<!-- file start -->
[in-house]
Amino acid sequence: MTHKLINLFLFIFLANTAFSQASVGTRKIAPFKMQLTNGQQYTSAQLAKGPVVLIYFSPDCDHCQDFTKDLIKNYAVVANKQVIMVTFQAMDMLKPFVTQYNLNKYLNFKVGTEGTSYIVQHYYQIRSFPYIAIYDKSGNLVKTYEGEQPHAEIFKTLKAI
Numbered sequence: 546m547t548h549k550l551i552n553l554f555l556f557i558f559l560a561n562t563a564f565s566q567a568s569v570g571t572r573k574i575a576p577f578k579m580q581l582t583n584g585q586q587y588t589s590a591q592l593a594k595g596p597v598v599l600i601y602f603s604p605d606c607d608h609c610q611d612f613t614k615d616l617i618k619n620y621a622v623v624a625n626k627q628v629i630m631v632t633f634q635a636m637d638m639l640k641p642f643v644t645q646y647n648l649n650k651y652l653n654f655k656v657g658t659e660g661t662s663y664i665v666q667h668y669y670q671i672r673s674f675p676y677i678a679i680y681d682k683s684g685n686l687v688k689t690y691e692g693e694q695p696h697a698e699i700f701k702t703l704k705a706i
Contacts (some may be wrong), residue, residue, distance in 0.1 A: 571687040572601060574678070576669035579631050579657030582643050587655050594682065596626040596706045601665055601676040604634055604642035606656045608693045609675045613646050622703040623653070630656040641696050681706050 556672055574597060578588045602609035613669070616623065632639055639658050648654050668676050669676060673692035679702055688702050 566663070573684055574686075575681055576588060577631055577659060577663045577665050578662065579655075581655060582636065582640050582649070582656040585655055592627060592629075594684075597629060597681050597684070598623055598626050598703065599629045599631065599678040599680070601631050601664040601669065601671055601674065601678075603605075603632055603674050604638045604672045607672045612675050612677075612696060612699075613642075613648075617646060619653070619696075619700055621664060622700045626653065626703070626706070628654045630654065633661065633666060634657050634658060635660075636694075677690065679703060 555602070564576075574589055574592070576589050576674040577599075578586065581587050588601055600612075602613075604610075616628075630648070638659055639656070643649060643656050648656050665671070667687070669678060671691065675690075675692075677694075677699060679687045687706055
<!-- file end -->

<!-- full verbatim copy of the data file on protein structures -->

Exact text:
[in-house]
Amino acid sequence: MTHKLINLFLFIFLANTAFSQASVGTRKIAPFKMQLTNGQQYTSAQLAKGPVVLIYFSPDCDHCQDFTKDLIKNYAVVANKQVIMVTFQAMDMLKPFVTQYNLNKYLNFKVGTEGTSYIVQHYYQIRSFPYIAIYDKSGNLVKTYEGEQPHAEIFKTLKAI
Numbered sequence: 546m547t548h549k550l551i552n553l554f555l556f557i558f559l560a561n562t563a564f565s566q567a568s569v570g571t572r573k574i575a576p577f578k579m580q581l582t583n584g585q586q587y588t589s590a591q592l593a594k595g596p597v598v599l600i601y602f603s604p605d606c607d608h609c610q611d612f613t614k615d616l617i618k619n620y621a622v623v624a625n626k627q628v629i630m631v632t633f634q635a636m637d638m639l640k641p642f643v644t645q646y647n648l649n650k651y652l653n654f655k656v657g658t659e660g661t662s663y664i665v666q667h668y669y670q671i672r673s674f675p676y677i678a679i680y681d682k683s684g685n686l687v688k689t690y691e692g693e694q695p696h697a698e699i700f701k702t703l704k705a706i
Contacts (some may be wrong), residue, residue, distance in 0.1 A: 571687040572601060574678070576669035579631050579657030582643050587655050594682065596626040596706045601665055601676040604634055604642035606656045608693045609675045613646050622703040623653070630656040641696050681706050 556672055574597060578588045602609035613669070616623065632639055639658050648654050668676050669676060673692035679702055688702050 566663070573684055574686075575681055576588060577631055577659060577663045577665050578662065579655075581655060582636065582640050582649070582656040585655055592627060592629075594684075597629060597681050597684070598623055598626050598703065599629045599631065599678040599680070601631050601664040601669065601671055601674065601678075603605075603632055603674050604638045604672045607672045612675050612677075612696060612699075613642075613648075617646060619653070619696075619700055621664060622700045626653065626703070626706070628654045630654065633661065633666060634657050634658060635660075636694075677690065679703060 555602070564576075574589055574592070576589050576674040577599075578586065581587050588601055600612075602613075604610075616628075630648070638659055639656070643649060643656050648656050665671070667687070669678060671691065675690075675692075677694075677699060679687045687706055